After discovering that an ice cream base could be frozen on the spot using liquid nitrogen, Fisher began building a prototype machine in her backyard. She rented a nitrogen tank from a local welding shop and duct-taped together filters and old mixing parts she bought off Craigslist. She soon learned that making ice cream with liquid nitrogen was relatively easy, but hard to do well. Left uncontrolled, the nitrogen disperses unevenly, forming ice balls and a lumpy consistency.
Solving that problem wasn’t easy. Postgraduation, Fisher began making monthly trips to Massachusetts to work in a basement workshop with a retired aerospace engineer she’d met through her Stanford network. After experimenting with every frozen technology from cryogenics to snowplows, they finally found inspiration in a simple screw. A screw, they noticed, has a downward spiral pattern. So they twisted up two clothes hangers and plunked them side by side, forming a double-helix shape. When turned together in a mixing bowl, the hangers scraped both each other and every surface of the bowl. “We realized we had something,” Fisher says, “because the trick to not allowing the ice cream to freeze inconsistently is keeping every single particle moving at all times.” The first “Brrr machine” was born.
Fisher emerged from the basement in 2009 in the depths of the recession, having blown through her savings but with a working machine. She found a cheap, durable vehicle that doubled as a nostalgic symbol of childhood—the Radio Flyer wagon—and strapped her 40-pound machine to its bed. “I felt like people could take what I was doing the wrong way if they just saw this stainless steel machine and liquid nitrogen,” she says.
The economic downturn had given rise to the modern food truck (and, to a lesser degree, cart) phenomenon, and Fisher linked up with a community of rolling restaurateurs who roamed the city dishing out street food and tweeting out their locations. Fisher’s first day selling out of the wagon was at a food truck gathering at Precita Park: The lines for her ice cream were 45 minutes long. This kicked off what Smitten’s pastry chef, Robyn Lenzi, calls the “food truck chasing” days when Fisher couldn’t afford a permit and would tweet, “Come and get it before I sell out or the cops come.”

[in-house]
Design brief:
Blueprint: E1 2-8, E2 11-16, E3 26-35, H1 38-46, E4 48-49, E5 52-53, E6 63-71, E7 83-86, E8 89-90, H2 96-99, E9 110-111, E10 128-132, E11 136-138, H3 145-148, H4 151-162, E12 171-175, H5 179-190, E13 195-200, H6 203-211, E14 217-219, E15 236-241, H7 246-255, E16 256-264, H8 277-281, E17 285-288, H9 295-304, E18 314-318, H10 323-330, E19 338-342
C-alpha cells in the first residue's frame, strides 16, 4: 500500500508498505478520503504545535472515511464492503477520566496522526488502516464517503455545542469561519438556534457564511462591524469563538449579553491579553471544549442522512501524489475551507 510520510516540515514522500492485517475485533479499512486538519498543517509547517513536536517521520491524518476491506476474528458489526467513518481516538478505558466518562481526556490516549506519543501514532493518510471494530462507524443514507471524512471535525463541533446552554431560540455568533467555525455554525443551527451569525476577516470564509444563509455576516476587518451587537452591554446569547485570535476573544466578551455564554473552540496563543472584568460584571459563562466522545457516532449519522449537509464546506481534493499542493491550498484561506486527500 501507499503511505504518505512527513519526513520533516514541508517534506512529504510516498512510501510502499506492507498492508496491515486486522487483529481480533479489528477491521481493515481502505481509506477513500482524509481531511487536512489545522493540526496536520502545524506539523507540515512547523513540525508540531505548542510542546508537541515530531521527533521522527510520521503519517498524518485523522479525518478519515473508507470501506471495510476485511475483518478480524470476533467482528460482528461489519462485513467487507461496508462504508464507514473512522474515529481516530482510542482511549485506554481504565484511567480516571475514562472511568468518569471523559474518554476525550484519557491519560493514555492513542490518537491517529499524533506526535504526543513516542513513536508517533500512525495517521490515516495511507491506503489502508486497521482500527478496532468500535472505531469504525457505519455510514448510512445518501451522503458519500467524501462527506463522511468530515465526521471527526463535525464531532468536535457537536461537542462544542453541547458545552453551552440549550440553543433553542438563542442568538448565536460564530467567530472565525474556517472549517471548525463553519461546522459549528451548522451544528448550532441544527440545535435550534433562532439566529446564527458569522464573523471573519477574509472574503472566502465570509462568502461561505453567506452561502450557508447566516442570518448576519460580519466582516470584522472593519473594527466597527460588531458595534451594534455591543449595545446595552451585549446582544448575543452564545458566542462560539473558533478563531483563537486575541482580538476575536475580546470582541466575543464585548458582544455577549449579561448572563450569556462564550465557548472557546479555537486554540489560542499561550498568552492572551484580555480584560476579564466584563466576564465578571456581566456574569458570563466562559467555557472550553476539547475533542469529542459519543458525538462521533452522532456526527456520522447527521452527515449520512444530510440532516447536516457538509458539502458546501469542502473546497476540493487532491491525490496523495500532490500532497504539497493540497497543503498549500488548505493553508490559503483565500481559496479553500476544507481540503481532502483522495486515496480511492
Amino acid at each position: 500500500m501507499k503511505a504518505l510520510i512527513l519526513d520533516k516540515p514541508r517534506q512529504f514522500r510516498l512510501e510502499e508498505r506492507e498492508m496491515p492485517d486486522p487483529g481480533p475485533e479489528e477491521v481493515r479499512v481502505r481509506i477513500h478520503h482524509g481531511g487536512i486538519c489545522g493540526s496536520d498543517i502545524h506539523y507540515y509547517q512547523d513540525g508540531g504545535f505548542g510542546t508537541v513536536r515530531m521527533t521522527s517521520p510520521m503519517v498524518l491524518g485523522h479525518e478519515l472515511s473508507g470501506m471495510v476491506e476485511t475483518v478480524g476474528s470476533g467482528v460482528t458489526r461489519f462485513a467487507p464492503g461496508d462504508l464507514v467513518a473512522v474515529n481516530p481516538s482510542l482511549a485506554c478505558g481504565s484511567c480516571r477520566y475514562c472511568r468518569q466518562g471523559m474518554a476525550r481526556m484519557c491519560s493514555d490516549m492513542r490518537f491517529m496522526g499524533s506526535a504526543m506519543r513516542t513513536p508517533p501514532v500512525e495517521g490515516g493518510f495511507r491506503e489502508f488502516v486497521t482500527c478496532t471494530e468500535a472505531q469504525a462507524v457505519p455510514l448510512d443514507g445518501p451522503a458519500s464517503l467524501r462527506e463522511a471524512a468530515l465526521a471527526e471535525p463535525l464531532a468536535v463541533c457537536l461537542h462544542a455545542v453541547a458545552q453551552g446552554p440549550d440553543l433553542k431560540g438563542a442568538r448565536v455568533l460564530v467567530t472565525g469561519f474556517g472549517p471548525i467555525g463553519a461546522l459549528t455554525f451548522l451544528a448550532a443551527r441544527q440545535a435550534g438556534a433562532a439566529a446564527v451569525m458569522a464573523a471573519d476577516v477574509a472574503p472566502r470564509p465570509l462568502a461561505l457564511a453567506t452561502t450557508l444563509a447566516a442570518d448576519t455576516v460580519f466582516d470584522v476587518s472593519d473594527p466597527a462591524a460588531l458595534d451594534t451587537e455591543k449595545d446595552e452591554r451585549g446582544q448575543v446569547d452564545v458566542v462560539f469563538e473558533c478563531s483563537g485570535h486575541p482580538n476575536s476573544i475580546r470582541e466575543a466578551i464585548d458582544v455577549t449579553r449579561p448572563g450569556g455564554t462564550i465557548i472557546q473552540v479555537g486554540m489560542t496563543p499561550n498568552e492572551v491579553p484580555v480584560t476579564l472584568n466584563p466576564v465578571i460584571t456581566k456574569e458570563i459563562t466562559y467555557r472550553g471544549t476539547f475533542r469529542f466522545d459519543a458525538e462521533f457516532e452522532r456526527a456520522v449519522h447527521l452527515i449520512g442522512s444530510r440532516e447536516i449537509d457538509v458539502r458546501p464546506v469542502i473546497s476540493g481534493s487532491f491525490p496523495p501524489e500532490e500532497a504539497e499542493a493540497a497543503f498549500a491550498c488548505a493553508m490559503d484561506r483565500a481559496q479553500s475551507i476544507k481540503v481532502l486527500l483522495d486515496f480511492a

On the catering circuit, Fisher took her wagon to companies like Salesforce and Yahoo and eventually met future angel investors. In 2011, after raising $300,000 from investors in her network, she opened her first shop off Patricia’s Green in Hayes Valley, housing it in a repurposed shipping container (among the first of the container complex there). In 2013, she opened her second store, in Los Altos, followed by five more Bay Area shops and her first Southern California store last December.
Did being a female entrepreneur make it harder to succeed? “I think it’s easier in a lot of ways,” Fisher says. “I think you have to claim it. I’m 5 foot 10. In meetings, I’m a fan of wearing high heels, being taller, being confident. And if you really believe in what you’re doing, then it’s good to act that way. If you can do that, then being a woman can be an advantage.”
Originally published in the December issue of San Francisco